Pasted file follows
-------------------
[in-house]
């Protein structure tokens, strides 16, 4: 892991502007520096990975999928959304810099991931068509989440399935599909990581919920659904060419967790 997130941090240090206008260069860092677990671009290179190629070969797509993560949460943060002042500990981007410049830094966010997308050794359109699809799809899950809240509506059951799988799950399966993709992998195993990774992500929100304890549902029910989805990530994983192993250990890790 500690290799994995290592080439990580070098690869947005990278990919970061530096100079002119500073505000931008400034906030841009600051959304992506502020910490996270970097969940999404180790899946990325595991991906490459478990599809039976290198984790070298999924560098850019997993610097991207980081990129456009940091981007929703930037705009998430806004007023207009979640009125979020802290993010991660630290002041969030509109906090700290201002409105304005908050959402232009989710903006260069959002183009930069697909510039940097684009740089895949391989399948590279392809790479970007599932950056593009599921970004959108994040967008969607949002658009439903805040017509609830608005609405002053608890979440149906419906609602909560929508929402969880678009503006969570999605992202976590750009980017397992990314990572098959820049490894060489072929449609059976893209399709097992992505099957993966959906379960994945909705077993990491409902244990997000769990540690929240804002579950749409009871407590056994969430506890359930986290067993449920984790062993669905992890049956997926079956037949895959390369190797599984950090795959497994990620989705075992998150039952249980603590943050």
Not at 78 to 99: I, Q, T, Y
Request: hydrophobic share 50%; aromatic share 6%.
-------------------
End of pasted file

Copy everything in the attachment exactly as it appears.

[in-house]
């Protein structure tokens, strides 16, 4: 892991502007520096990975999928959304810099991931068509989440399935599909990581919920659904060419967790 997130941090240090206008260069860092677990671009290179190629070969797509993560949460943060002042500990981007410049830094966010997308050794359109699809799809899950809240509506059951799988799950399966993709992998195993990774992500929100304890549902029910989805990530994983192993250990890790 500690290799994995290592080439990580070098690869947005990278990919970061530096100079002119500073505000931008400034906030841009600051959304992506502020910490996270970097969940999404180790899946990325595991991906490459478990599809039976290198984790070298999924560098850019997993610097991207980081990129456009940091981007929703930037705009998430806004007023207009979640009125979020802290993010991660630290002041969030509109906090700290201002409105304005908050959402232009989710903006260069959002183009930069697909510039940097684009740089895949391989399948590279392809790479970007599932950056593009599921970004959108994040967008969607949002658009439903805040017509609830608005609405002053608890979440149906419906609602909560929508929402969880678009503006969570999605992202976590750009980017397992990314990572098959820049490894060489072929449609059976893209399709097992992505099957993966959906379960994945909705077993990491409902244990997000769990540690929240804002579950749409009871407590056994969430506890359930986290067993449920984790062993669905992890049956997926079956037949895959390369190797599984950090795959497994990620989705075992998150039952249980603590943050």
Not at 78 to 99: I, Q, T, Y
Request: hydrophobic share 50%; aromatic share 6%.